CHOW – OFS exposure by operator, 2H19 spending, and potential revenue impact. Building upon our E&P capex-themed charts from the past several Rumblings, this week we attempt to frame the 2H completions slowdown by determining pumper-specific exposure to each operator. Combining E&P capex guidance and Rystad completion data, we calculate the potential revenue impact and percentage fall-off from 1H19 levels (ex-price/efficiency fluctuations). Given a high percentage of “unallocated” E&P completions (i.e. OFS unknown), the chart may underserve market share volatility and pumper exposure to a particular E&P. Nevertheless, well-tabulated FracFocus records for HAL (larger 2H falloff) and SLB (modest falloff) show somewhat divergent trajectories as the broader frac complex braces for activity to decelerate. Please reach out for further explanation of the methodology/results.
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We led off 2Q OFS earnings with an update on our US shale productivity thesis, calling out a near-term Permian productivity peak as E&Ps shift fully to pad development. So far, CXO’s Dominator spacing test has (appropriately) dominated the Permian discussion, and our E&P colleagues have covered and spoken extensively on the topic. For OFS, the most important implications go beyond Permian acreage inventory/M&A. For NAM OFS, well/stage up-spacing could offset continued per-rig and per-frac crew efficiency gains (positive for domestic OFS demand). For global OFS, a peak/inflection in US shale productivity, particularly in the context of the low-growth E&P framework, could be a stabilizing force to supply-side oil broadly (predictability from which could stimulate int’l activity with better OFS earnings power, key for SLB, HAL, BHGE and investability of the sector).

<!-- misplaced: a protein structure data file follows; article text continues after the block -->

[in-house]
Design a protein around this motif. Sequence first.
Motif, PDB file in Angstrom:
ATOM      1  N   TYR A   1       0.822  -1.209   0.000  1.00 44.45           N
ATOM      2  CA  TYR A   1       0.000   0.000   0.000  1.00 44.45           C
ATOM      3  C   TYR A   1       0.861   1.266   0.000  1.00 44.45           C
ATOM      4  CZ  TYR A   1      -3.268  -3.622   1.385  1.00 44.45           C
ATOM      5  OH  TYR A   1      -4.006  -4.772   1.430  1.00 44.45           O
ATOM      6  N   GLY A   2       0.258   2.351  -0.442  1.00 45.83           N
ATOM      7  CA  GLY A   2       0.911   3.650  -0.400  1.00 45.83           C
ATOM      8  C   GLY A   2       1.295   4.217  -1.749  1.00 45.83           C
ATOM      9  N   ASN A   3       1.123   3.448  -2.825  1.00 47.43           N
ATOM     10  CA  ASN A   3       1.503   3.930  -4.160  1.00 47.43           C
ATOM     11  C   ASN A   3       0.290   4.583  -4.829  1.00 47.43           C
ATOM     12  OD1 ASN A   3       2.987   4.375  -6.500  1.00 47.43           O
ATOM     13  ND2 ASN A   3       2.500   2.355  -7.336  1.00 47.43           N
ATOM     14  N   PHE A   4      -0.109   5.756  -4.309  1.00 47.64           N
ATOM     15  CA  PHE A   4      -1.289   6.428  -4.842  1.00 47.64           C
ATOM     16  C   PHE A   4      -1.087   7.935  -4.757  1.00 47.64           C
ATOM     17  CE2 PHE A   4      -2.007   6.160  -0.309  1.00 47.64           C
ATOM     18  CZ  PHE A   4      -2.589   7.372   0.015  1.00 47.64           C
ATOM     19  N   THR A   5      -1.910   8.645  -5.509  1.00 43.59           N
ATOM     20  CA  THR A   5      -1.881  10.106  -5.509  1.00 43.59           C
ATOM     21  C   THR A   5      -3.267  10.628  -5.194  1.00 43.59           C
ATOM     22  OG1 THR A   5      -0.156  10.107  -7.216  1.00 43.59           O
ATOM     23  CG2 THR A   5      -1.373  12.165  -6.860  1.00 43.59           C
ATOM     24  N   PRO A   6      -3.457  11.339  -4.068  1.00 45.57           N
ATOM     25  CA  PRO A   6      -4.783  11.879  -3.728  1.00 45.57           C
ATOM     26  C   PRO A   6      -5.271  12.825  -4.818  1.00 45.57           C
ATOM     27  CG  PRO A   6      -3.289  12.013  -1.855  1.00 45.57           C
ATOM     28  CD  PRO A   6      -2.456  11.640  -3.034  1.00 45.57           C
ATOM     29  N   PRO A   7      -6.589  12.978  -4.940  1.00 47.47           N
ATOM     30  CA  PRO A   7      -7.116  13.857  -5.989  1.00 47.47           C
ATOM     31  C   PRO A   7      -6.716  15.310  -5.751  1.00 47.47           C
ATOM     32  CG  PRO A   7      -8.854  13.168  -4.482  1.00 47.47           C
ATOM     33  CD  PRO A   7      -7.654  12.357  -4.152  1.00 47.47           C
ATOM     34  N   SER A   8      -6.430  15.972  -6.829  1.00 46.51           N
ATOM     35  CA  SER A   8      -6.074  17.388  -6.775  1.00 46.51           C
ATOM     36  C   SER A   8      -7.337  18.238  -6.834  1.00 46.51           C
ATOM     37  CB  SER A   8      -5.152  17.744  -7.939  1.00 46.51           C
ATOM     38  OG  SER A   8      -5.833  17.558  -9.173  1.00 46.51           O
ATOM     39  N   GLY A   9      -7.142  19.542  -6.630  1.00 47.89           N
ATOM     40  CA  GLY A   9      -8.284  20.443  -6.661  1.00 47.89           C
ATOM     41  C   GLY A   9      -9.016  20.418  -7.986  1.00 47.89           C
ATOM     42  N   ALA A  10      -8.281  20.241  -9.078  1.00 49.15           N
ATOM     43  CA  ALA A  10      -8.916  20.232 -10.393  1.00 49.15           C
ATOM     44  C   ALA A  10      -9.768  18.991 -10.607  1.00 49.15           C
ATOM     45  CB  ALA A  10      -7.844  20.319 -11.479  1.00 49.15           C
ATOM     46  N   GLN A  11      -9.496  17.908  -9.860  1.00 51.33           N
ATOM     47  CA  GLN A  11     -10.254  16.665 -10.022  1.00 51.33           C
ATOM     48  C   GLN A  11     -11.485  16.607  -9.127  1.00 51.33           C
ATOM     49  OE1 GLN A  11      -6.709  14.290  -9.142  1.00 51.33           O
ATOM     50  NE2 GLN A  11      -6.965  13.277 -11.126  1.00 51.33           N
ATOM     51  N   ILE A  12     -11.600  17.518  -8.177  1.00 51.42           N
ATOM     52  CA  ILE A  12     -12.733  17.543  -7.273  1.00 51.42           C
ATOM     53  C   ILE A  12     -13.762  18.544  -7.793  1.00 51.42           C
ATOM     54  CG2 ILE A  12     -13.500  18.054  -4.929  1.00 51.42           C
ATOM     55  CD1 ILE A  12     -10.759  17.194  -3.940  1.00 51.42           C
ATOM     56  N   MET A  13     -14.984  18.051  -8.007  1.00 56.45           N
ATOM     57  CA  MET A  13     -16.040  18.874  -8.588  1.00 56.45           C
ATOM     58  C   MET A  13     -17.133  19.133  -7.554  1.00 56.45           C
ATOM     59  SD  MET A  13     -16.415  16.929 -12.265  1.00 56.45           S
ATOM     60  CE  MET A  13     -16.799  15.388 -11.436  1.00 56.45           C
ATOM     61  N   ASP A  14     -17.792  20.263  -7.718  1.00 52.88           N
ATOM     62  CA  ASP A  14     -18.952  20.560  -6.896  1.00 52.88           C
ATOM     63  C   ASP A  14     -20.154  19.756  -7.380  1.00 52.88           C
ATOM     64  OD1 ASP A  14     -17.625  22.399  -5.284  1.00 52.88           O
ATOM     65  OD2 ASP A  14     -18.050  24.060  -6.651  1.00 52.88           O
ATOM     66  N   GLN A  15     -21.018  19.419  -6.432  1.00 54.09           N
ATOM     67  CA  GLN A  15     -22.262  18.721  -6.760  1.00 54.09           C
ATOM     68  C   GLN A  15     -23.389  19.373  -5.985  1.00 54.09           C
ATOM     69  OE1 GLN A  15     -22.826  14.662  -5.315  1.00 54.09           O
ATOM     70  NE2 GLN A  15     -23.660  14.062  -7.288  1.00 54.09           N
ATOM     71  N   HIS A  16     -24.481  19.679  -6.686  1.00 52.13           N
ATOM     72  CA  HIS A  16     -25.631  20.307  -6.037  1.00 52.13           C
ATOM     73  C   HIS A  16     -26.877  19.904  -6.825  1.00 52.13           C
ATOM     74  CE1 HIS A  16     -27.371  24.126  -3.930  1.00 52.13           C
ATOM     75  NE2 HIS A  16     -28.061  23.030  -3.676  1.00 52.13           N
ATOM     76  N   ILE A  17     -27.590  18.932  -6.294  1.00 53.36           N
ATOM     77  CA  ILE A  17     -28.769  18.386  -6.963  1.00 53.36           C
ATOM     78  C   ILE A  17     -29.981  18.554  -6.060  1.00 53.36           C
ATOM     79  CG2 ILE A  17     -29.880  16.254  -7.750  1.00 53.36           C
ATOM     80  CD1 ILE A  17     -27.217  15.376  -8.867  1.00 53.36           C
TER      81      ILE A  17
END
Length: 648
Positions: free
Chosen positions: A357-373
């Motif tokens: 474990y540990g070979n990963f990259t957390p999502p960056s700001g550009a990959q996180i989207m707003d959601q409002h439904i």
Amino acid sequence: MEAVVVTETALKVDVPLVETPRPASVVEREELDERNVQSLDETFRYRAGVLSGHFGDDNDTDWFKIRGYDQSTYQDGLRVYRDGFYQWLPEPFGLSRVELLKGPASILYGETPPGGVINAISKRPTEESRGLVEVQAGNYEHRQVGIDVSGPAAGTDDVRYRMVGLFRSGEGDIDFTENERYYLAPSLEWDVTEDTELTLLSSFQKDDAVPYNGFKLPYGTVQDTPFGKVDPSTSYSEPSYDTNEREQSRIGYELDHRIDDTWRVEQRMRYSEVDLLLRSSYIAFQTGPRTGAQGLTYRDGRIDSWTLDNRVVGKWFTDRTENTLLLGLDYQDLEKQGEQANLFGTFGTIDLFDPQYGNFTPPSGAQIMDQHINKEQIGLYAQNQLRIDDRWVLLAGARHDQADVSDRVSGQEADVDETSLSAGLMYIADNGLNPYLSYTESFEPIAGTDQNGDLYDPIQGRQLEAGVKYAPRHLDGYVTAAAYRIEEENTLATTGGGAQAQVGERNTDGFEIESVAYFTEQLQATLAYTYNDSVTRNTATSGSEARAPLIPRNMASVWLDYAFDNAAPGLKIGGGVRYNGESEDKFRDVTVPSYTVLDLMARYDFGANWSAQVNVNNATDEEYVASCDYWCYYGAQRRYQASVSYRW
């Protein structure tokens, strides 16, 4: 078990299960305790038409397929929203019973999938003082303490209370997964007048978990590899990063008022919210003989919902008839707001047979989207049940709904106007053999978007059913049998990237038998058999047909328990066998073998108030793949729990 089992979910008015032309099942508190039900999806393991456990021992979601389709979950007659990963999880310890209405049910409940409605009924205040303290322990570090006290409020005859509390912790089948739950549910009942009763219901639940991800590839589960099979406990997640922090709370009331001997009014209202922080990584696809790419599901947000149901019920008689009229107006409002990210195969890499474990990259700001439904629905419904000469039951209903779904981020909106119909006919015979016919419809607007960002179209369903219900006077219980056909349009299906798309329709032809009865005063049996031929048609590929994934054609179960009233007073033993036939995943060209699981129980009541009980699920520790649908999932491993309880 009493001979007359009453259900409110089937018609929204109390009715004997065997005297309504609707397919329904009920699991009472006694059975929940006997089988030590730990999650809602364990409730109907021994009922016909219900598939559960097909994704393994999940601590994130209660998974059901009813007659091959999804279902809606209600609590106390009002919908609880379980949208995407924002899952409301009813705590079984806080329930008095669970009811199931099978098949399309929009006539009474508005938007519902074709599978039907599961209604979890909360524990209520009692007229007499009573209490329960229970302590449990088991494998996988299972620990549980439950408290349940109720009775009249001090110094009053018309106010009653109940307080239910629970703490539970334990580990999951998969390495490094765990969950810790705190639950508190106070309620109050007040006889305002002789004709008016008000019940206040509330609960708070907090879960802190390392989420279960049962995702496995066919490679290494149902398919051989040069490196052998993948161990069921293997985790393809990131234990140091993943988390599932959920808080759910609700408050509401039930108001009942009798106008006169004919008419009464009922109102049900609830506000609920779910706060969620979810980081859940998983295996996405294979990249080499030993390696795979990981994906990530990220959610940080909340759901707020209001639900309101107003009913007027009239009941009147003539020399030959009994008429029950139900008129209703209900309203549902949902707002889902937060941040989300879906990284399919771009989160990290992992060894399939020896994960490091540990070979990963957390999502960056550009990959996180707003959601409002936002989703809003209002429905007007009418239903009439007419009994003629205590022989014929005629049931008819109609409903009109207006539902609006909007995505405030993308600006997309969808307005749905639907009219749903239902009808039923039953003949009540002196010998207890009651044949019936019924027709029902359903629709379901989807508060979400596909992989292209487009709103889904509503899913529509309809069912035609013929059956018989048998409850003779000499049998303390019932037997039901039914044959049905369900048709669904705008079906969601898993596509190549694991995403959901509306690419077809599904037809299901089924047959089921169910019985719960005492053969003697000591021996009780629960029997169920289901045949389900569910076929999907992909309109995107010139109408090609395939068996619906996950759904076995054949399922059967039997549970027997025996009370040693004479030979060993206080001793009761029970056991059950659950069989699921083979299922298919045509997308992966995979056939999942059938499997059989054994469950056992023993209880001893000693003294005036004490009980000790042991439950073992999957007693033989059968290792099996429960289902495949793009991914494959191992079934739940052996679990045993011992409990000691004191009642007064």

Yesterday (07/30/19) was one of the greener days for OFS in recent memory, with chatter suggesting that rotation (out of momentum?) into energy, and the subsequent short squeeze amplified an otherwise decent oil tape. For those companies that reported (NBR +30% & NOV +11% in our coverage) the moves were more pronounced. While neither NBR/NOV print signaled a drastic upward earnings inflection (although int’l momentum is helping to stabilize estimates) both companies followed the familiar 2Q OFS playbook of 1) caveating 2H19 friction in NAM, and 2) cutting capex (for NBR, a more pronounced FY20 capex cut in-line with peers). If it stands, the reported API crude draw last night could inject more life into an underperforming OFS subsector that is aligning costs/capex quickly with E&P.
NBR issued a relatively benign USL drilling guide (vs. peers) and illustrated a clear path to paying down its 2020 maturity. A favorable (IOC-heavy) customer mix will perhaps blunt the impact of a softening L48 rig count, which is likely to be felt more negatively by peers (HP/PTEN). Combined with what we argue is more defensible pricing base, NBR reiterated strong customer demand for super spec capacity and has received inquiries for rig contracts in 4Q19/1Q20. Continued resiliency within USL drilling lends itself to a more favorable int’l handoff, which remains core to our positive thesis but continues to see growth/margin friction due to various operational hurdles. Overall, a better-than-expected L48 outlook, visibility into much-anticipated int’l margin improvement, and a significant capex reduction in FY20 all coalesced on the 2Q print/call – a well-timed short squeeze also contributed to the rally.